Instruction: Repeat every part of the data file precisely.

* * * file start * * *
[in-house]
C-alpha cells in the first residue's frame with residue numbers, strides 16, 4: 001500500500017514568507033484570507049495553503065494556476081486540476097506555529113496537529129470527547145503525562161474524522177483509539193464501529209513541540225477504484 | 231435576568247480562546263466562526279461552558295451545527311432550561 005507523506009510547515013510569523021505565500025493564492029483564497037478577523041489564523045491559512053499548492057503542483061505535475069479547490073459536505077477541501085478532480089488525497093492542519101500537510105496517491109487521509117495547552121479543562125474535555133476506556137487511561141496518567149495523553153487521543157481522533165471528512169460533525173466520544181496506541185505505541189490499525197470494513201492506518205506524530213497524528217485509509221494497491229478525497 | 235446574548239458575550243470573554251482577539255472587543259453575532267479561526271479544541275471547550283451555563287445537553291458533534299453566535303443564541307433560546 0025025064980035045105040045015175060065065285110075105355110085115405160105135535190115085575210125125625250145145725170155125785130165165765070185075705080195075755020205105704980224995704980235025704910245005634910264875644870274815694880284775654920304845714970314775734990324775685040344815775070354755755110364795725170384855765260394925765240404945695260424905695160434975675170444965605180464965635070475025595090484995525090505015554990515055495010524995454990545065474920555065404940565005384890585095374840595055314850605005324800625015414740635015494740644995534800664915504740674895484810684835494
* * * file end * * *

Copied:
[in-house]
C-alpha cells in the first residue's frame with residue numbers, strides 16, 4: 001500500500017514568507033484570507049495553503065494556476081486540476097506555529113496537529129470527547145503525562161474524522177483509539193464501529209513541540225477504484 | 231435576568247480562546263466562526279461552558295451545527311432550561 005507523506009510547515013510569523021505565500025493564492029483564497037478577523041489564523045491559512053499548492057503542483061505535475069479547490073459536505077477541501085478532480089488525497093492542519101500537510105496517491109487521509117495547552121479543562125474535555133476506556137487511561141496518567149495523553153487521543157481522533165471528512169460533525173466520544181496506541185505505541189490499525197470494513201492506518205506524530213497524528217485509509221494497491229478525497 | 235446574548239458575550243470573554251482577539255472587543259453575532267479561526271479544541275471547550283451555563287445537553291458533534299453566535303443564541307433560546 0025025064980035045105040045015175060065065285110075105355110085115405160105135535190115085575210125125625250145145725170155125785130165165765070185075705080195075755020205105704980224995704980235025704910245005634910264875644870274815694880284775654920304845714970314775734990324775685040344815775070354755755110364795725170384855765260394925765240404945695260424905695160434975675170444965605180464965635070475025595090484995525090505015554990515055495010524995454990545065474920555065404940565005384890585095374840595055314850605005324800625015414740635015494740644995534800664915504740674895484810684835494